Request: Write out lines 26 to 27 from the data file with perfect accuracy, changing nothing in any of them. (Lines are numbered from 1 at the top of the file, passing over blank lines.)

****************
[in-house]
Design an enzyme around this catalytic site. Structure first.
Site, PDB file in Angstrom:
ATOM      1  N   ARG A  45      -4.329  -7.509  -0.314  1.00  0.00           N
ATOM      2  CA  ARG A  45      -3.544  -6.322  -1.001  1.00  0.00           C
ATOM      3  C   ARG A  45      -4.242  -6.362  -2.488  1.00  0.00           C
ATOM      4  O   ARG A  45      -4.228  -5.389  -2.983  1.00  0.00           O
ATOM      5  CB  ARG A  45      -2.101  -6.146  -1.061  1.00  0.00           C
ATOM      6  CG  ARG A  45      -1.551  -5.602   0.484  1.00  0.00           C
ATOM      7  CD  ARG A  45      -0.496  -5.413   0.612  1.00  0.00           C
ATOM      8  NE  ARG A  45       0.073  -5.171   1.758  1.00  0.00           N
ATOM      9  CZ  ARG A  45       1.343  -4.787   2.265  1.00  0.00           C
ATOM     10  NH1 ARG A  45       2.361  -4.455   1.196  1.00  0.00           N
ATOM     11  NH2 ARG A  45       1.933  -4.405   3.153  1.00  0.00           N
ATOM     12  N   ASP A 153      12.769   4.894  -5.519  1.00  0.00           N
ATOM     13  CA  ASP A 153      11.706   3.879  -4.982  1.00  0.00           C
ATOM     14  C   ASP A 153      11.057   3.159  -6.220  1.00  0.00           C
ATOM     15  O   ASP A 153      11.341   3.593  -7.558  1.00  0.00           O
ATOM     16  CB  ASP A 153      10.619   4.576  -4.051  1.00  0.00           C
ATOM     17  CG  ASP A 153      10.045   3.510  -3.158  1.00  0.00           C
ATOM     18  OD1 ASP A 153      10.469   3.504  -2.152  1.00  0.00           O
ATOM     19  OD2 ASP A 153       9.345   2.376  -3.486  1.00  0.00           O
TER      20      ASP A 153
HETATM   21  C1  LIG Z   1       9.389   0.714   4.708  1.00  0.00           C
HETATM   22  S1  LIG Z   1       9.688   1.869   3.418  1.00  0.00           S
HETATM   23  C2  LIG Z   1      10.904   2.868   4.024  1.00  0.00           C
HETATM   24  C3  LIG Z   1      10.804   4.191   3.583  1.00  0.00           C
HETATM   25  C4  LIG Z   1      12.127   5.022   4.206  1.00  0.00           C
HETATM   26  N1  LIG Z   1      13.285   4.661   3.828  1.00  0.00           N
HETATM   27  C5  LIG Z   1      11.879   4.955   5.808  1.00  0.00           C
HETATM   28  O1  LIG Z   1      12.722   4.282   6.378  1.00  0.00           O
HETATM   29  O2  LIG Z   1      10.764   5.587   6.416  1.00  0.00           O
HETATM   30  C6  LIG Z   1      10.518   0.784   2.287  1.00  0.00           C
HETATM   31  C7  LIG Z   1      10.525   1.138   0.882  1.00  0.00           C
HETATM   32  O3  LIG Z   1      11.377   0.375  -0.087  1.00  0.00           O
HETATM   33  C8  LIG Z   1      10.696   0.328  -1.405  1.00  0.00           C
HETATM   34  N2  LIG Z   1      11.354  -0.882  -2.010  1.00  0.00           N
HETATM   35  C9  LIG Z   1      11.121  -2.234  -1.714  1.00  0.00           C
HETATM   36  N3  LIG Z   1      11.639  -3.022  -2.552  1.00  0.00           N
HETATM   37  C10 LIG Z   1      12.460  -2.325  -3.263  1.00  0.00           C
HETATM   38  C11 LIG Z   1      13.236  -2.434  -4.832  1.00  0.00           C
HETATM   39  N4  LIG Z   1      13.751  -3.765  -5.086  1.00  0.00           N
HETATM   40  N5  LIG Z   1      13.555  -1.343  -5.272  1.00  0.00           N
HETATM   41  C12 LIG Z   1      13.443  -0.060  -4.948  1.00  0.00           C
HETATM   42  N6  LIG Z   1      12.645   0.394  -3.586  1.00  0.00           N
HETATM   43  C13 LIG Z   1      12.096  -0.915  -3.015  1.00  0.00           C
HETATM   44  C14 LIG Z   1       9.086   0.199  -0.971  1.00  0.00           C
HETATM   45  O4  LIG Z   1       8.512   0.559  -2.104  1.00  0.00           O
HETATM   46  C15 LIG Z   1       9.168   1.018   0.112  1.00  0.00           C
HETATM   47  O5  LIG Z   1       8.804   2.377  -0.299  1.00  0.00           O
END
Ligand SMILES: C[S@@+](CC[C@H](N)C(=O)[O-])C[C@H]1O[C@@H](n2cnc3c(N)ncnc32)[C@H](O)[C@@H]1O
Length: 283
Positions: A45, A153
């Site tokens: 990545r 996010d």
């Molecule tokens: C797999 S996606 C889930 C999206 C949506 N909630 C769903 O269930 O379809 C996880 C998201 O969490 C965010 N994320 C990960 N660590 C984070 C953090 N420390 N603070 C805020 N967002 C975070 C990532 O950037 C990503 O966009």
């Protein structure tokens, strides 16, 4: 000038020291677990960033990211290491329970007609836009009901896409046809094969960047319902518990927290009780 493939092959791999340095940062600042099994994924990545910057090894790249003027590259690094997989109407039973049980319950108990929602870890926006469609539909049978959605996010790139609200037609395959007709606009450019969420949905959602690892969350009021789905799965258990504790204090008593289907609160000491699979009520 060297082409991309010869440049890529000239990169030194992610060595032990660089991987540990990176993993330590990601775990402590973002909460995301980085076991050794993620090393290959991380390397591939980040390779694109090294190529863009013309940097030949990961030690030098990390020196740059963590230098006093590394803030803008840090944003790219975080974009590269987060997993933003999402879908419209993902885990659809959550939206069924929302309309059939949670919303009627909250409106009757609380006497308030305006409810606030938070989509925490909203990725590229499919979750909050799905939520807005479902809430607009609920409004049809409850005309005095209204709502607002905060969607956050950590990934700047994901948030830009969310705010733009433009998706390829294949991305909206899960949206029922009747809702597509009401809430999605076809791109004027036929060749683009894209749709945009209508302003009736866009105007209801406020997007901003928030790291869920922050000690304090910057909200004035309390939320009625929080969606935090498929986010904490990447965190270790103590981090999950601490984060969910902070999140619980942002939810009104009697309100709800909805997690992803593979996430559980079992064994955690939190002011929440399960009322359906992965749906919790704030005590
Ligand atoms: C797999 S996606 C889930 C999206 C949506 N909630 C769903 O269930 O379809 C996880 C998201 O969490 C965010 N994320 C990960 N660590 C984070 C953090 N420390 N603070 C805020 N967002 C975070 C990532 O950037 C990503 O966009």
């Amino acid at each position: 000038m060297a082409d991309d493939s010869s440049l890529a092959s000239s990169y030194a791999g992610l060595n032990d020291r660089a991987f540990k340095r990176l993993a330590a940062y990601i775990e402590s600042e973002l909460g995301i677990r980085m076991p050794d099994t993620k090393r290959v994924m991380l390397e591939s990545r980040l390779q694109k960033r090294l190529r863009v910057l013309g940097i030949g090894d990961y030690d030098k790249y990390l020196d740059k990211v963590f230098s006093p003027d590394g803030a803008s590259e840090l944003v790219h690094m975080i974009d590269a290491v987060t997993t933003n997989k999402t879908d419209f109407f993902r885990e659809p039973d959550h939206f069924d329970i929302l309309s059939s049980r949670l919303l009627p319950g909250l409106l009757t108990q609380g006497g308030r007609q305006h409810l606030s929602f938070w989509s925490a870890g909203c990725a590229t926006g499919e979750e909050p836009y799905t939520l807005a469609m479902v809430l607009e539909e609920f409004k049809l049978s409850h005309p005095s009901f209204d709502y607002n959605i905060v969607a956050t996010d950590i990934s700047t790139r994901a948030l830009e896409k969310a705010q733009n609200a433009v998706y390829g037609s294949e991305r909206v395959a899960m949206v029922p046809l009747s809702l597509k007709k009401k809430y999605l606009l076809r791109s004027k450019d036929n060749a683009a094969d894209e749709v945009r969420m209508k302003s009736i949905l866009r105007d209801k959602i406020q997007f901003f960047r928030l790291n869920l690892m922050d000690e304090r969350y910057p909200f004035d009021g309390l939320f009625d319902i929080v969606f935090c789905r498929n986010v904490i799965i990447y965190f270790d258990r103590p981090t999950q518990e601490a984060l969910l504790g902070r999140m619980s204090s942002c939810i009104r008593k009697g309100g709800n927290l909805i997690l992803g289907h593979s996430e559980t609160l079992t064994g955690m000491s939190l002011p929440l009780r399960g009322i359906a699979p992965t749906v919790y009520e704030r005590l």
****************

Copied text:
HETATM   23  C2  LIG Z   1      10.904   2.868   4.024  1.00  0.00           C
HETATM   24  C3  LIG Z   1      10.804   4.191   3.583  1.00  0.00           C